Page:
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  • 481086
    , contributor
    Comments (3431) | Send Message
     
    "For sixteen nights and days he raved,
    But on the seventeenth he burst--
    Into the arms of Judas Priest
    Which is where he died of thirst. "
    22 Feb 2014, 07:43 AM Reply Like
  • Valleywood
    , contributor
    Comments (853) | Send Message
     
    481086, I'd say there are some thirsty folks here.

     

    Here's to a better outcome for us. :>)
    22 Feb 2014, 08:54 AM Reply Like
  • tripleblack
    , contributor
    Comments (13581) | Send Message
     
    http://on.mktw.net/1jn...

     

    Positive sitrep for coal-centric NSC. Unfortunately I think the worst of the winter is now in the rear view mirror, and the utilities that needed coal have gotten it.

     

    Still, it would be nice if Norfolk could find enough pennies in the collection plate to resume work on the 999.
    22 Feb 2014, 09:10 AM Reply Like
  • greentongue
    , contributor
    Comments (974) | Send Message
     
    I still think that until the "free money" from grants is less than the projected fuel saving by using electric engines, the 999 and its ilk will stay stalled.
    22 Feb 2014, 09:23 AM Reply Like
  • JohnM121
    , contributor
    Comments (520) | Send Message
     
    Free money is not free. It means you have to wait on government whims and timelines. NS has invested it's own money in the project. The return-on-investment doesn't begin until the first engine in in service.
    Speculation: It really is on track, these guys are running on Railroad time and are not in a hurry.

     

    Even if its a one-off, just use it somewhere and maybe even skip the fanfare.
    22 Feb 2014, 01:51 PM Reply Like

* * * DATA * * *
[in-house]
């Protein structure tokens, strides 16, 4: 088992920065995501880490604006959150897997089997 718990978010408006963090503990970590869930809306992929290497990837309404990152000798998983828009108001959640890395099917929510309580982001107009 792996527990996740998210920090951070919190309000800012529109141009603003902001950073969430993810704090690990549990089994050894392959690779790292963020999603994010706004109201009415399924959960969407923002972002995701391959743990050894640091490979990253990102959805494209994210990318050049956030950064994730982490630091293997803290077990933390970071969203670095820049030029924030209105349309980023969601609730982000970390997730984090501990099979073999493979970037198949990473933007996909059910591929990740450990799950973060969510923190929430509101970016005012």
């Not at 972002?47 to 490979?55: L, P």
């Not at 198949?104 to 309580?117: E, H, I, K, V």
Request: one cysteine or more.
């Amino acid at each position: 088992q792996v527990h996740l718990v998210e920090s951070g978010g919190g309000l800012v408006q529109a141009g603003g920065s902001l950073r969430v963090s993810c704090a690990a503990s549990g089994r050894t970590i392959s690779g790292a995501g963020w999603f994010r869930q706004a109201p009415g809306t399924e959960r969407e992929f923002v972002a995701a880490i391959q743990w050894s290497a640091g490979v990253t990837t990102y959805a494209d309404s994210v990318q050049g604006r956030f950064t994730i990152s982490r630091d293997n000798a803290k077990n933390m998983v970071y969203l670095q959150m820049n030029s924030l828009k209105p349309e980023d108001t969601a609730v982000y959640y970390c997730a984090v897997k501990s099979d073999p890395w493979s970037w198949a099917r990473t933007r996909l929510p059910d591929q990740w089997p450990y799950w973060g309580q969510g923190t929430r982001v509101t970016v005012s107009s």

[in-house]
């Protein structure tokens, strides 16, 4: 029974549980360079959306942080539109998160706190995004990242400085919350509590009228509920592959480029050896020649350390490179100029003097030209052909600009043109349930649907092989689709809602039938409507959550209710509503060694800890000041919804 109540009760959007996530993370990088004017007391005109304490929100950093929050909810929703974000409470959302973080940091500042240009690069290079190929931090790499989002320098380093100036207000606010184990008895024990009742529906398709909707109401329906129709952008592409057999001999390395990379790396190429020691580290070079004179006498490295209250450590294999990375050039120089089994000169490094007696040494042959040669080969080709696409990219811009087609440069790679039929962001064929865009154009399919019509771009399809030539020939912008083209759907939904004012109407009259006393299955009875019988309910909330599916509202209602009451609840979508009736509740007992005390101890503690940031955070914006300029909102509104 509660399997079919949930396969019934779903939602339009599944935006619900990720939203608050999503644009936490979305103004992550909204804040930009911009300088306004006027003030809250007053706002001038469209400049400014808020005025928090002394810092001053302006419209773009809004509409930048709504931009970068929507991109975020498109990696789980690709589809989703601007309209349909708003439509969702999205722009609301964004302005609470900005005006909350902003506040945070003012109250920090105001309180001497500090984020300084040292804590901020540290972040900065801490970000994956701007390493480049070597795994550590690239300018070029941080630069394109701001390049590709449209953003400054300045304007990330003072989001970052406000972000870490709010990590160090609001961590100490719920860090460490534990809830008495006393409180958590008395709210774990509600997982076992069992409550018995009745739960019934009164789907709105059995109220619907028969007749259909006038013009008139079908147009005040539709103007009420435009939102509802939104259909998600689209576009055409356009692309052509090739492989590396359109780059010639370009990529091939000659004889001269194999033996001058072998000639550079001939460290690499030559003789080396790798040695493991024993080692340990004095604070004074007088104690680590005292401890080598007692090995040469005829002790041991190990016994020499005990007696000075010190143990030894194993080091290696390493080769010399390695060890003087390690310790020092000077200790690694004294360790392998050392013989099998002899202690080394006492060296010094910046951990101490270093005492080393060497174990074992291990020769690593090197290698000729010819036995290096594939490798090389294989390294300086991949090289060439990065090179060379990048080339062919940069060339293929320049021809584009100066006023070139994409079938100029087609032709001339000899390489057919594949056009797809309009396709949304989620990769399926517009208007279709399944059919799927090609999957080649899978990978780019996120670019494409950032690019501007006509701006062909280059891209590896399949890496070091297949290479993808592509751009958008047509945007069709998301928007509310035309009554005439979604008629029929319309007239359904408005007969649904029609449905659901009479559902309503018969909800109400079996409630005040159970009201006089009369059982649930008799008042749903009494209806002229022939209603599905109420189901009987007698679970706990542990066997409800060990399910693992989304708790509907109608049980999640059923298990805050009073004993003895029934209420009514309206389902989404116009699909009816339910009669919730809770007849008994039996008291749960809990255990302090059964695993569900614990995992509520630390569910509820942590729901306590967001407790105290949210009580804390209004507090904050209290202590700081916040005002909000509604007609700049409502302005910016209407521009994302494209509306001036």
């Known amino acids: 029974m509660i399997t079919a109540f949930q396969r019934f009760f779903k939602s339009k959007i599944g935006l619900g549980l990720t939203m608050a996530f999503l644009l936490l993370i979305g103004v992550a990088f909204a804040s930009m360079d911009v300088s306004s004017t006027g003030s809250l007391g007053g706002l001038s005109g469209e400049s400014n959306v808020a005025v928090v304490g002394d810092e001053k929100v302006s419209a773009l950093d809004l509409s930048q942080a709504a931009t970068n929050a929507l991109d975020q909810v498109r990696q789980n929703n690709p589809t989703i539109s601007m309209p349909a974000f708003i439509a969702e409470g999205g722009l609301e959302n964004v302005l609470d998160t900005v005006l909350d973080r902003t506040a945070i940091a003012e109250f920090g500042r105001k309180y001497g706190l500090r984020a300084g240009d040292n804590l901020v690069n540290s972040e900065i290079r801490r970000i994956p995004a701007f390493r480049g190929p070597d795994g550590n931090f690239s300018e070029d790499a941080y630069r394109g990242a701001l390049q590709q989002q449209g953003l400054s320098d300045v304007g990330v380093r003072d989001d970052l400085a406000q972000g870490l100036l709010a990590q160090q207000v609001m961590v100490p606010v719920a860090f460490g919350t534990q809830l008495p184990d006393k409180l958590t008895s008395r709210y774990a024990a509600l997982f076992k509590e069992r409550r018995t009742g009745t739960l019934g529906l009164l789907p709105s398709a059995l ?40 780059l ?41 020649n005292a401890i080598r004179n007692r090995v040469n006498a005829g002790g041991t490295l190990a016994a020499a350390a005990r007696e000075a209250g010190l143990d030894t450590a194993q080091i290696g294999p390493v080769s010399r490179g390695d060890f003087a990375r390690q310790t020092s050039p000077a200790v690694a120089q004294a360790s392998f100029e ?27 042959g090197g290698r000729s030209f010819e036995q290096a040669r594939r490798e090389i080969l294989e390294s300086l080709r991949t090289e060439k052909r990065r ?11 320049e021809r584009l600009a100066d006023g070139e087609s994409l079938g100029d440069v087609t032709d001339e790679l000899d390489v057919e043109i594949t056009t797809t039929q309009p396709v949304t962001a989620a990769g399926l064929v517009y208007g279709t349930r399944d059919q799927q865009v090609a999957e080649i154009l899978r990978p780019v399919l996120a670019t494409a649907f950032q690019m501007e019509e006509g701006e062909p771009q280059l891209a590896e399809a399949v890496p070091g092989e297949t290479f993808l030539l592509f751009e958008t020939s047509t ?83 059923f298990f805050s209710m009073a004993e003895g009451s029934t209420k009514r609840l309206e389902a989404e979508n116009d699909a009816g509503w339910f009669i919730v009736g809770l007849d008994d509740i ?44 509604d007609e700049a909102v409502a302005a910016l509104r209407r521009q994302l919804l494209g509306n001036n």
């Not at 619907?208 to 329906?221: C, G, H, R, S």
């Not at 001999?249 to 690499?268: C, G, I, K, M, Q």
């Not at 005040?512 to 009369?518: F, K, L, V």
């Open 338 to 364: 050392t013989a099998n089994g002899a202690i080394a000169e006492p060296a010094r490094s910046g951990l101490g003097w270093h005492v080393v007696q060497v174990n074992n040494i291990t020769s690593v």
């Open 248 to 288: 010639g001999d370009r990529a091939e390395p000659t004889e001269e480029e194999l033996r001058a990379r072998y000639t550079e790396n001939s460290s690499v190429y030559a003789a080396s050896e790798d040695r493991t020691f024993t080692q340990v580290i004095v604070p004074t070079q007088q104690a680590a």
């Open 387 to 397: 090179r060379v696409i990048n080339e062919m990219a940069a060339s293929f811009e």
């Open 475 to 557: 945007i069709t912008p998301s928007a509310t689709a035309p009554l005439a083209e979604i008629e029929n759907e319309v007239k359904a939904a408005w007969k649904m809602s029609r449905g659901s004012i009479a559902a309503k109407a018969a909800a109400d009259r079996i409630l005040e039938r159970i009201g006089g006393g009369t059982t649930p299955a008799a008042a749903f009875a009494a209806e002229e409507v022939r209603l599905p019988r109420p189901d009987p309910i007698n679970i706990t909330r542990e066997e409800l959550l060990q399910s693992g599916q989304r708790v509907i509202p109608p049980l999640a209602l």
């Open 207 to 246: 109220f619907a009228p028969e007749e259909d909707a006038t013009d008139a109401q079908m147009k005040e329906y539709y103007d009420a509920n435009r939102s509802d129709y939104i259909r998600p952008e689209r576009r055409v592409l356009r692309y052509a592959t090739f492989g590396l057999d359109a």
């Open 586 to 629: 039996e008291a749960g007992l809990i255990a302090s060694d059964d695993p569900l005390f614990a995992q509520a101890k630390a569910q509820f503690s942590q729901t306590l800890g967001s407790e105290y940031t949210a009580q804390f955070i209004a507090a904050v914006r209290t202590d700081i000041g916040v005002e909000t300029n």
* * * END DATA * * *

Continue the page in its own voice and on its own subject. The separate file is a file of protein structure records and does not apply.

• danpm4life
    , contributor
    Comments (94) | Send Message
     
    Tripleblack, NSC probably had to divert a few pennies, & time, to take care of the business of a derailment & oil spill.

     

    http://reut.rs/1lLRGxI

     

    Fortunately, NSC was aided by the cold weather & snow in their cleanup effort.

     

    http://bit.ly/1hnHfh1

     

    What I hope is that NSC will soon conduct a really BIG Green NSC/AXPW publicity campaign effort to reintroduce their 999, to counteract the negative Green publicity associated with the derailment/spill, & of course, a corresponding really BIG order of AXPW’s PbC®’s.
    24 Feb 2014, 12:13 AM Reply Like
  • RBrun357
    , contributor
    Comments (821) | Send Message
     
    SolarCity (SCTY) reports earnings after the closing bell Monday. Another big name in the No. 1-ranked Energy-Solar industry group, First Solar (FSLR), reports Tuesday.

     

    There appears to be money out there for solar, how about storage??

     

    "Residential and commercial lease funds showed strong growth in 2013, with 22 announced funds totaling $3.34 billion, a 69% increase over 2012," Mercom Capital Group noted in a January roundup of solar funding efforts. "Almost $1 billion was raised in Q4 2013 alone. Vivint Solar, SolarCity, Sunrun, SunPower, and SunEdison were top fundraisers in 2013."